Coronavirus has kept loved ones apart all over the world this year, but there's no separation as cruel as a parent not able to be by their child's side while they're in hospital battling cancer.
Although Texan dad Chuck Yielding isn't allowed to sit next to his 14-year-old son Aiden as he has his weekly chemotherapy sessions, he's found a unique and beautiful way to ensure Aiden knows he's right there with him.
He dances in the Cook Children's Medical Center carpark, outside Aiden's window.
Mr Yielding told TODAY Parents he and Aiden are "inseparable", so he knew he had to find a way to help his son, who was diagnosed with acute lymphocytic leukaemia earlier this year.
"He's really been struggling with bone pain and it's hard not to be able to reach out and touch him," he said. "But what I can do is make him laugh."
So while Aiden's mum Lori Yielding, a nurse at the hospital, sits with Aiden and holds his hand, dad is busting some serious moves in the carpark. When Aiden is well enough, he joins in from his hospital room.
And while Mr Yielding won't be winning any prizes for dancing any time soon, he should definitely be up for dad of the year.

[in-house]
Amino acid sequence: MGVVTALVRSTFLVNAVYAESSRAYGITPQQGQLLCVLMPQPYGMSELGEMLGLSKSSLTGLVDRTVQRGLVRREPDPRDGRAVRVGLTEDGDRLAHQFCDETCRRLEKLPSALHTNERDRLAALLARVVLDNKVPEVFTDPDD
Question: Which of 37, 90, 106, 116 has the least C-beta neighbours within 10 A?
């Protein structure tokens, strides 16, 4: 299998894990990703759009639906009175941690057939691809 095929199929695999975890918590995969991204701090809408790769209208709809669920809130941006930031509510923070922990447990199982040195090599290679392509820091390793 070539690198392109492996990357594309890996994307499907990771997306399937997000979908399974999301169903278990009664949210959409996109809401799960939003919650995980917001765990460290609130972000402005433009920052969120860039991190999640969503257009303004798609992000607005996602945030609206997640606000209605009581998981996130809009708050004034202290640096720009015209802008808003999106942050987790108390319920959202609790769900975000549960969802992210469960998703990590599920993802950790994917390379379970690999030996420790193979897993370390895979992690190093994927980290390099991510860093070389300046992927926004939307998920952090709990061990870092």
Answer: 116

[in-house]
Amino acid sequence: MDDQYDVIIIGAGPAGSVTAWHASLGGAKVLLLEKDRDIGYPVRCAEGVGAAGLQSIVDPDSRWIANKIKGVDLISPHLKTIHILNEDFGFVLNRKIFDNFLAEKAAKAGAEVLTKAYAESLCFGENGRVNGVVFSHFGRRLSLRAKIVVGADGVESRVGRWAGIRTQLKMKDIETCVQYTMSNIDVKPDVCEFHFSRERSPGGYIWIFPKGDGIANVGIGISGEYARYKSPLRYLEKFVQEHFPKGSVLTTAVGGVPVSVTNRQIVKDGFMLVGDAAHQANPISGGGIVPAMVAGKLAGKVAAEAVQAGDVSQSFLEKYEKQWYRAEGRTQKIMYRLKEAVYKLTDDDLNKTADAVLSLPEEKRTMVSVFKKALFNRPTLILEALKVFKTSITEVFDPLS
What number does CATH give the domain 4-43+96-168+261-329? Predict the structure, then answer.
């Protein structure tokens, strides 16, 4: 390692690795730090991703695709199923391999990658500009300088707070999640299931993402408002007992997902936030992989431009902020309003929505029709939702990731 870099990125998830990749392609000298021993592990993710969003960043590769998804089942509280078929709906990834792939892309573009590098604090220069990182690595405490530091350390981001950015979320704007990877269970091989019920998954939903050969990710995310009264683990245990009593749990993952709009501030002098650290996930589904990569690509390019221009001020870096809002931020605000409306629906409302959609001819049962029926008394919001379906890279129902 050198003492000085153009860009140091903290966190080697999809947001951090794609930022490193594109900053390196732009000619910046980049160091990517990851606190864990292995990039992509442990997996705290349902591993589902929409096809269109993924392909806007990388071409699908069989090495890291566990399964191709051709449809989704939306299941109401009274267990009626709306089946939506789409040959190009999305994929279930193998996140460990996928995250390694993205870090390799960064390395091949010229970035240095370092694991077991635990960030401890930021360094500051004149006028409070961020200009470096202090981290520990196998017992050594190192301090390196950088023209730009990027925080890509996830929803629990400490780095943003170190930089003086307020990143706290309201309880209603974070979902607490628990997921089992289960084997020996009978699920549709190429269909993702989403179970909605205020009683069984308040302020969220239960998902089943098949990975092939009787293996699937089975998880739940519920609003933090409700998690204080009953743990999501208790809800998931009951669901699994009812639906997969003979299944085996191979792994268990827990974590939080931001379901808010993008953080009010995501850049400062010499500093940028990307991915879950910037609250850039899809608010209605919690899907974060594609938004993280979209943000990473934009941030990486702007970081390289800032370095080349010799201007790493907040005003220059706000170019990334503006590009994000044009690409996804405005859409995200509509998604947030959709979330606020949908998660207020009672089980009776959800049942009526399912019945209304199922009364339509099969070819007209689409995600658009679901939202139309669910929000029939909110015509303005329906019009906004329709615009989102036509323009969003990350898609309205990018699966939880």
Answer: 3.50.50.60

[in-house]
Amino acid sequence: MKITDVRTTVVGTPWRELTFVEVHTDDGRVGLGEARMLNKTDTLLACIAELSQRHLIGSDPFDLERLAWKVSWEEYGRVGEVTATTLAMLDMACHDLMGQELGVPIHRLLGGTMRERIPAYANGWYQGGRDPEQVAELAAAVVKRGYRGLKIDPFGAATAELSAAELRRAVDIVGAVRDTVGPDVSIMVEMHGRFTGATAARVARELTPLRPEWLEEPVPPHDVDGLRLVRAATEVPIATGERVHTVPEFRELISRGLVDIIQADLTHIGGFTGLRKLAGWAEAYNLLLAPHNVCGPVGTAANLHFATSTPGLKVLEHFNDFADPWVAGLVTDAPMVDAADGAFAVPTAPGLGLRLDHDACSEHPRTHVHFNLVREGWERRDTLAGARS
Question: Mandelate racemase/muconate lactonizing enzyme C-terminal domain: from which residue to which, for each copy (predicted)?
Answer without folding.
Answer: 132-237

Aiden thinks so too, telling TODAY, "My dad always cheers me up when I'm having a bad day.
The devoted dad first came to public attention last week when Cook Children's Hospital shared a highlight reel of his best moves on their Facebook page.
"Due to visitation restrictions, only one parent or caregiver is allowed into the medical center per patient," the caption read. "Every Tuesday while Aiden's mom joins him in the clinic for cancer treatment, his dad Chuck stands outside and dances to lift Aiden's spirits."
The video has been liked over 66,000 times and has attracted nearly 5000 comments of support.
"Great job to that daddy!" said one commenter. "Way to be present when you can't be physically there! His wife and son will both never forget these moments."
Others commented on the "cruel" policy that sees parents having to choose just one of them to be by their child's side, calling for a change in COVID-19 policy.
Aiden's mum told TODAY that the dancing started when Aiden was having a particularly difficult day in treatment, so she brought him to a window and called out to her husband.
"I knew Chuck could cheer Aiden up," she said.
It only took a few moments for Mr Yielding to be able to make Aiden smile.
"Their bond is unbelievably strong," Mrs Yielding said. "I mean you see them dancing, mirroring each other. They're just two peas in a pod."
When Mr Yielding isn't cutting loose in the carpark, he sits in a folding chair with his laptop and works.
"I want him to know I'm there," he said. "I'm right there with him always."
Aiden still has two years of treatment to go, but his prognosis is good. So until COVID-19 restrictions lift, we can expect to see a whole lot more of dad dancing in the carpark.